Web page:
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Recap: The Golden State Warriors remind the Toronto Raptors that #1 seeds come in different flavors (126-105)

What happens when you give the Warriors two days rest? Well, they can go off for 126 points, on 53.3% shooting, and make an elite team look average.

Kyle Terada-USA TODAY Sports

The Raptors made an impressive run to finish the half, erasing a 14-point deficit, and their offense was clicking for good stretches. This game actually had a lot of surges to it, the Warriors' surges just happened to be more vicious.

The field goal percentages in the first quarter were high (69.6% GSW; 58.8% TOR), and with both the Raptors and the Warriors coming into this game with two-day fresh legs, this isn't much of a surprise. Both teams started shooting exceptionally well from outside too (71.4% GSW; 60.0% TOR), but Toronto also looked to exploit a perceived edge in the paint. On the other hand, they also tried to fight fire with fire, bringing out a three guard lineup in the third quarter against our small-ball lineup, but unfortunately for them, the Roaracle happened to be waking up from its halftime slumber.

Maybe it's arguable whether the absence of DeMar DeRozan or Andrew Bogut leaves a bigger hole, but I'm pretty sure where everyone here stands on this one... With Festus Ezeli out as well, Kerr has shown a tendency to double in the post, having an outside guard or wing come in to help. From what I've seen this seems to be working: we've been forcing the ball out of the post, and recovering on switches pretty well.

Don't get it twisted, Marreese Speights had a grown man game tonight. 12 for 19 from the field, 8 rebounds (4 offensive), and at least one drawn charge (did I miss some?), all the while showcasing a very smooth midrange jumpshot. Someone here recently made a comparison to LaMarcus Aldridge, no? While this may be a bit far-fetched, there are certainly some similarities. And drawing charges has to be undervalued - essentially a steal and a foul for the opposing player. Mo' is tied for second behind Kyle Lowry, what a coincidence.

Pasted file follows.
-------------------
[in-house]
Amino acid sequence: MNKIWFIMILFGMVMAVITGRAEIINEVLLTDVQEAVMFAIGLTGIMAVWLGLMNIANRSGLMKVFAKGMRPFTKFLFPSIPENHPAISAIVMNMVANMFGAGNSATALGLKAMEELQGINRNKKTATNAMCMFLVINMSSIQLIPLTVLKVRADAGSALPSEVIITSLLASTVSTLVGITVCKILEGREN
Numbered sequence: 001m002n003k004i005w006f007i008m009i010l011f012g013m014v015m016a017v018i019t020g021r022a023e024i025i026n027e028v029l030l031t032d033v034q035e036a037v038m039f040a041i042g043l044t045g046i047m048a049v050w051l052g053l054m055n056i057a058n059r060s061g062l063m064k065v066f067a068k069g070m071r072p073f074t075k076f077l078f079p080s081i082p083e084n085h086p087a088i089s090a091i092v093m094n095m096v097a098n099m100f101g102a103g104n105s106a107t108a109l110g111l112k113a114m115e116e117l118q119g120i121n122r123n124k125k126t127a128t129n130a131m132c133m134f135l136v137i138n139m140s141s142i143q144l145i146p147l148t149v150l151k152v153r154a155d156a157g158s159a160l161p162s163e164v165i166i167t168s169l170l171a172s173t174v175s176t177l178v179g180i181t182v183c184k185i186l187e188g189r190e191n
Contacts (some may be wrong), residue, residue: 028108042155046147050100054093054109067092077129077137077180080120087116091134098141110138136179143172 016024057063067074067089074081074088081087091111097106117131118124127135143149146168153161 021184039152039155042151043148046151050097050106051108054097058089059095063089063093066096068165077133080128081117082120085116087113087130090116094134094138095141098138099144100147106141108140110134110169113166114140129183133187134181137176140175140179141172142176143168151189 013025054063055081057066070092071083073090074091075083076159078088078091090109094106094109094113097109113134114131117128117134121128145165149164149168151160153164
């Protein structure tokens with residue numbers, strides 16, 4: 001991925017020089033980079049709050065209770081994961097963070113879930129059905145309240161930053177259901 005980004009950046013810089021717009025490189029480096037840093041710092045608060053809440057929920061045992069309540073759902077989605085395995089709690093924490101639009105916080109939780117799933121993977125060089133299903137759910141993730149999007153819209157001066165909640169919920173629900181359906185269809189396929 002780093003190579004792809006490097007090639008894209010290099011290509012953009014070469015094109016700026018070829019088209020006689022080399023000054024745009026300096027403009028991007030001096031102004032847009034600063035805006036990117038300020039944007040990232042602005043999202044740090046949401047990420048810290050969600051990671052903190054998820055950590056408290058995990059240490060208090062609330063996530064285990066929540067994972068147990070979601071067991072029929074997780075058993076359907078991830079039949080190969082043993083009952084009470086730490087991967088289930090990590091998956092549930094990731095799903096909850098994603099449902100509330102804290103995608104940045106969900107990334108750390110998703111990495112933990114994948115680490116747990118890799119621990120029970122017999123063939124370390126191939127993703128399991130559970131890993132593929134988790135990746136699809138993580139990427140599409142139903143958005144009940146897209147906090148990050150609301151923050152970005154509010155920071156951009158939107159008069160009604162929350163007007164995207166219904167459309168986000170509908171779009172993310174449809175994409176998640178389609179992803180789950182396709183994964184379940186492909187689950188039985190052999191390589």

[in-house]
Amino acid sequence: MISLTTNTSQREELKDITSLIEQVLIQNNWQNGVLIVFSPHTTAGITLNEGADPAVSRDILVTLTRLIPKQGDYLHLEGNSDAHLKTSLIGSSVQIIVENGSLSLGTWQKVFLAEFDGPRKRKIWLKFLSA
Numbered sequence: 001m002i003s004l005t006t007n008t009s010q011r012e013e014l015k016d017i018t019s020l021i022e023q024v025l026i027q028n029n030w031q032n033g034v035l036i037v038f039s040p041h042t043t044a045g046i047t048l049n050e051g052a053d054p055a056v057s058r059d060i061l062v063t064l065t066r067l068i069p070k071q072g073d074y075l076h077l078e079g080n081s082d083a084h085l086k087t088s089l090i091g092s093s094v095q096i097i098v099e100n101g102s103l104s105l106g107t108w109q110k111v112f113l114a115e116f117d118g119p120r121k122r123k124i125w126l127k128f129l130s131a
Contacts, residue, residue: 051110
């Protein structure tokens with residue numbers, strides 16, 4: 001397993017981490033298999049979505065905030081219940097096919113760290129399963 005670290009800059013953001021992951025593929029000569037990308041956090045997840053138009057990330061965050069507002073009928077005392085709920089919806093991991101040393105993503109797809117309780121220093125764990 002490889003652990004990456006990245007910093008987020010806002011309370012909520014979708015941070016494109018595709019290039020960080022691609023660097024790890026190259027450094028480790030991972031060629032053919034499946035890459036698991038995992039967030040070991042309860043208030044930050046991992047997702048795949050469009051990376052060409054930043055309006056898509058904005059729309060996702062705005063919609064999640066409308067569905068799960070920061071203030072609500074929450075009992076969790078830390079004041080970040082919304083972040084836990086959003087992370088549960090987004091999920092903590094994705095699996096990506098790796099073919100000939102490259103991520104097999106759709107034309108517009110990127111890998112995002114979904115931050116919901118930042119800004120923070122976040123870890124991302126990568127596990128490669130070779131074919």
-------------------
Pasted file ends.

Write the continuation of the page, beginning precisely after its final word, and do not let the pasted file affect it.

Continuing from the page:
Draymond Green filled the stat sheet, so no news there. He did have a career high 13 assists. A lot of those were split-second passes after catching the ball in the key, in traffic. There's a difference between an assist to a 50% shot, and an assist to a 95% shot - he looks straight Spursian out there. It's time to rethink your priorities and find a way to get his bobblehead on the 7th. Draymond threw an oop to David Lee, and said, "my man", as he was congratulating him on their way back down the court. Made me feel all warm and tingly. He also fouled denied Terrence Ross on a transition dunk attempt, which leads me to an idea for revamping the dying All-Star Slam Dunk Contest: why not change it to the 'Shut-Down Contest' and have Draymond lying in wait for unsuspecting rookies?

David Lee had a nice jab step followed by a midrange swish, and there was more good chemistry between him and Andre Iguodala. Lee is an impressive leader in general, and he doesn't seem sour coming off the bench. With a full squad, our bench is probably the best in the league. A big part of this is the unselfishness of Lee and Andre, and them embracing their roles.

The Warriors had 9 turnovers in this outing, with Stephen Curry chipping in a big nil. Rejoice!

It's not exactly a new development, but I do enjoy seeing Curry use the rim in transition to prevent hungry blockers. Sure, other more physical guards often find ways of getting and-1s in these situations, but it's a crafty and risk-averse solution on Curry's part. He did decide to forego his usual lay-in on a transition play with Lowry chasing him down, in favor of a big slam, some chest pounding, and Roaracle worthy roars.

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